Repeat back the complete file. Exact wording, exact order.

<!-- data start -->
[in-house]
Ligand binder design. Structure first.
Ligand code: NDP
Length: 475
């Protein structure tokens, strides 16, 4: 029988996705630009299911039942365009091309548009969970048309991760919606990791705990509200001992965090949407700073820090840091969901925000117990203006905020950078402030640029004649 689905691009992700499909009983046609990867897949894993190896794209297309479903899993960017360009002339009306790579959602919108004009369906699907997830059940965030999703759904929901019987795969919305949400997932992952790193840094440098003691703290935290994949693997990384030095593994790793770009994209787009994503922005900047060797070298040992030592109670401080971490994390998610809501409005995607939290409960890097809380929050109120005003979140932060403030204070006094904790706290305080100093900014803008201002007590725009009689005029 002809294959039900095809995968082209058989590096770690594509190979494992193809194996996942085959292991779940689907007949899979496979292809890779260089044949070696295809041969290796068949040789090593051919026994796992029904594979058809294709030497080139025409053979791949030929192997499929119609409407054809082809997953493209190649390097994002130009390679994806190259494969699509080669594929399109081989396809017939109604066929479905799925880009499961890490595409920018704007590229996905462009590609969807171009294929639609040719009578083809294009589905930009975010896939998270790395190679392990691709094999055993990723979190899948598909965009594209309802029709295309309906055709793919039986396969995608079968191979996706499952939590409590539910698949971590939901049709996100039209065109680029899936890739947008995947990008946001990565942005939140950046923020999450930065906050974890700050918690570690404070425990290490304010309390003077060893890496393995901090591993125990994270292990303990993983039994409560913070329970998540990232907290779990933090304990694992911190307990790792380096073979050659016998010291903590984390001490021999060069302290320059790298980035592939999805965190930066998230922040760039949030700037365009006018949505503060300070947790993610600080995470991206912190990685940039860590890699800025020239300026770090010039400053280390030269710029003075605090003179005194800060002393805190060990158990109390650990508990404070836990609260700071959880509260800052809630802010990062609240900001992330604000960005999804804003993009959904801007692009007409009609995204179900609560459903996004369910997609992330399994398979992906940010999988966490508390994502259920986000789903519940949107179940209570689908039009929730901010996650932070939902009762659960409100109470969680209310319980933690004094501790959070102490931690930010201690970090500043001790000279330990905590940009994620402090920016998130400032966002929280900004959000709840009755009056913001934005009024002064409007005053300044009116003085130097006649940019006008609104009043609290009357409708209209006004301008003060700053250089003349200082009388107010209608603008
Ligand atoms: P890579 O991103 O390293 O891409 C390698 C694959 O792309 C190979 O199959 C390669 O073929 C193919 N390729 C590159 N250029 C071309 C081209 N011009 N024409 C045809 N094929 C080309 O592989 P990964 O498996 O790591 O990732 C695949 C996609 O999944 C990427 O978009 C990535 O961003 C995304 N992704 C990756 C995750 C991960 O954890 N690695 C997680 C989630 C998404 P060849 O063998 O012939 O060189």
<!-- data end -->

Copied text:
[in-house]
Ligand binder design. Structure first.
Ligand code: NDP
Length: 475
């Protein structure tokens, strides 16, 4: 029988996705630009299911039942365009091309548009969970048309991760919606990791705990509200001992965090949407700073820090840091969901925000117990203006905020950078402030640029004649 689905691009992700499909009983046609990867897949894993190896794209297309479903899993960017360009002339009306790579959602919108004009369906699907997830059940965030999703759904929901019987795969919305949400997932992952790193840094440098003691703290935290994949693997990384030095593994790793770009994209787009994503922005900047060797070298040992030592109670401080971490994390998610809501409005995607939290409960890097809380929050109120005003979140932060403030204070006094904790706290305080100093900014803008201002007590725009009689005029 002809294959039900095809995968082209058989590096770690594509190979494992193809194996996942085959292991779940689907007949899979496979292809890779260089044949070696295809041969290796068949040789090593051919026994796992029904594979058809294709030497080139025409053979791949030929192997499929119609409407054809082809997953493209190649390097994002130009390679994806190259494969699509080669594929399109081989396809017939109604066929479905799925880009499961890490595409920018704007590229996905462009590609969807171009294929639609040719009578083809294009589905930009975010896939998270790395190679392990691709094999055993990723979190899948598909965009594209309802029709295309309906055709793919039986396969995608079968191979996706499952939590409590539910698949971590939901049709996100039209065109680029899936890739947008995947990008946001990565942005939140950046923020999450930065906050974890700050918690570690404070425990290490304010309390003077060893890496393995901090591993125990994270292990303990993983039994409560913070329970998540990232907290779990933090304990694992911190307990790792380096073979050659016998010291903590984390001490021999060069302290320059790298980035592939999805965190930066998230922040760039949030700037365009006018949505503060300070947790993610600080995470991206912190990685940039860590890699800025020239300026770090010039400053280390030269710029003075605090003179005194800060002393805190060990158990109390650990508990404070836990609260700071959880509260800052809630802010990062609240900001992330604000960005999804804003993009959904801007692009007409009609995204179900609560459903996004369910997609992330399994398979992906940010999988966490508390994502259920986000789903519940949107179940209570689908039009929730901010996650932070939902009762659960409100109470969680209310319980933690004094501790959070102490931690930010201690970090500043001790000279330990905590940009994620402090920016998130400032966002929280900004959000709840009755009056913001934005009024002064409007005053300044009116003085130097006649940019006008609104009043609290009357409708209209006004301008003060700053250089003349200082009388107010209608603008
Ligand atoms: P890579 O991103 O390293 O891409 C390698 C694959 O792309 C190979 O199959 C390669 O073929 C193919 N390729 C590159 N250029 C071309 C081209 N011009 N024409 C045809 N094929 C080309 O592989 P990964 O498996 O790591 O990732 C695949 C996609 O999944 C990427 O978009 C990535 O961003 C995304 N992704 C990756 C995750 C991960 O954890 N690695 C997680 C989630 C998404 P060849 O063998 O012939 O060189």